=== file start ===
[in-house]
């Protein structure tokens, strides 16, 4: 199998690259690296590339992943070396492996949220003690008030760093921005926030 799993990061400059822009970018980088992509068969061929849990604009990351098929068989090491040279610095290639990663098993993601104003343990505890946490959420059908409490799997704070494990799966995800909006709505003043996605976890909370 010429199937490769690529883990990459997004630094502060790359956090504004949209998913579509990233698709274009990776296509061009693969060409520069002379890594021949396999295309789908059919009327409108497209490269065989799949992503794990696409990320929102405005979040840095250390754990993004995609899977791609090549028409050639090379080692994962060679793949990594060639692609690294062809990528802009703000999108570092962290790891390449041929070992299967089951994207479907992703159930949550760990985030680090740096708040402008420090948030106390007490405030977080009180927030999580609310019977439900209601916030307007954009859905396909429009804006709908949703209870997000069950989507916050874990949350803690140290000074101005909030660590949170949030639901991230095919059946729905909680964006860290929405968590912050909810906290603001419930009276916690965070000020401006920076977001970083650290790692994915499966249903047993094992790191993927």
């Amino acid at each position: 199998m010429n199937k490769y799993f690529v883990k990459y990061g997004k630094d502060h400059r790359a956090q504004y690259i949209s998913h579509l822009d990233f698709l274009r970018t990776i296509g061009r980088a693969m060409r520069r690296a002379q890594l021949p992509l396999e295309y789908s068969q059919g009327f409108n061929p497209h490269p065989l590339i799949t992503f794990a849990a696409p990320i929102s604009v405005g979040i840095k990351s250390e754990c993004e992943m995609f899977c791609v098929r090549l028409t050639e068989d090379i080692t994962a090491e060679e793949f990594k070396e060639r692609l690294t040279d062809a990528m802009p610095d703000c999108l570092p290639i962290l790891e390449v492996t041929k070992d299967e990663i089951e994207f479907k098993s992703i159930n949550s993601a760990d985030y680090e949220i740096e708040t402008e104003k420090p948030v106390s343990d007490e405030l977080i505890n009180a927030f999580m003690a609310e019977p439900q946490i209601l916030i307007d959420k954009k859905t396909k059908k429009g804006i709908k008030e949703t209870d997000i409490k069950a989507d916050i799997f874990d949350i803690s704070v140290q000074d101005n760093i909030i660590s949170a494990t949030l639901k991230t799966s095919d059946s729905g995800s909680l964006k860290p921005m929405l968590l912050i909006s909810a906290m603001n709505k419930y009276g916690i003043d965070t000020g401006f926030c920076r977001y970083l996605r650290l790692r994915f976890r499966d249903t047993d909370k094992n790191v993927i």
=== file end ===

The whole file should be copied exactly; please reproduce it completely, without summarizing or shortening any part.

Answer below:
[in-house]
């Protein structure tokens, strides 16, 4: 199998690259690296590339992943070396492996949220003690008030760093921005926030 799993990061400059822009970018980088992509068969061929849990604009990351098929068989090491040279610095290639990663098993993601104003343990505890946490959420059908409490799997704070494990799966995800909006709505003043996605976890909370 010429199937490769690529883990990459997004630094502060790359956090504004949209998913579509990233698709274009990776296509061009693969060409520069002379890594021949396999295309789908059919009327409108497209490269065989799949992503794990696409990320929102405005979040840095250390754990993004995609899977791609090549028409050639090379080692994962060679793949990594060639692609690294062809990528802009703000999108570092962290790891390449041929070992299967089951994207479907992703159930949550760990985030680090740096708040402008420090948030106390007490405030977080009180927030999580609310019977439900209601916030307007954009859905396909429009804006709908949703209870997000069950989507916050874990949350803690140290000074101005909030660590949170949030639901991230095919059946729905909680964006860290929405968590912050909810906290603001419930009276916690965070000020401006920076977001970083650290790692994915499966249903047993094992790191993927």
């Amino acid at each position: 199998m010429n199937k490769y799993f690529v883990k990459y990061g997004k630094d502060h400059r790359a956090q504004y690259i949209s998913h579509l822009d990233f698709l274009r970018t990776i296509g061009r980088a693969m060409r520069r690296a002379q890594l021949p992509l396999e295309y789908s068969q059919g009327f409108n061929p497209h490269p065989l590339i799949t992503f794990a849990a696409p990320i929102s604009v405005g979040i840095k990351s250390e754990c993004e992943m995609f899977c791609v098929r090549l028409t050639e068989d090379i080692t994962a090491e060679e793949f990594k070396e060639r692609l690294t040279d062809a990528m802009p610095d703000c999108l570092p290639i962290l790891e390449v492996t041929k070992d299967e990663i089951e994207f479907k098993s992703i159930n949550s993601a760990d985030y680090e949220i740096e708040t402008e104003k420090p948030v106390s343990d007490e405030l977080i505890n009180a927030f999580m003690a609310e019977p439900q946490i209601l916030i307007d959420k954009k859905t396909k059908k429009g804006i709908k008030e949703t209870d997000i409490k069950a989507d916050i799997f874990d949350i803690s704070v140290q000074d101005n760093i909030i660590s949170a494990t949030l639901k991230t799966s095919d059946s729905g995800s909680l964006k860290p921005m929405l968590l912050i909006s909810a906290m603001n709505k419930y009276g916690i003043d965070t000020g401006f926030c920076r977001y970083l996605r650290l790692r994915f976890r499966d249903t047993d909370k094992n790191v993927i």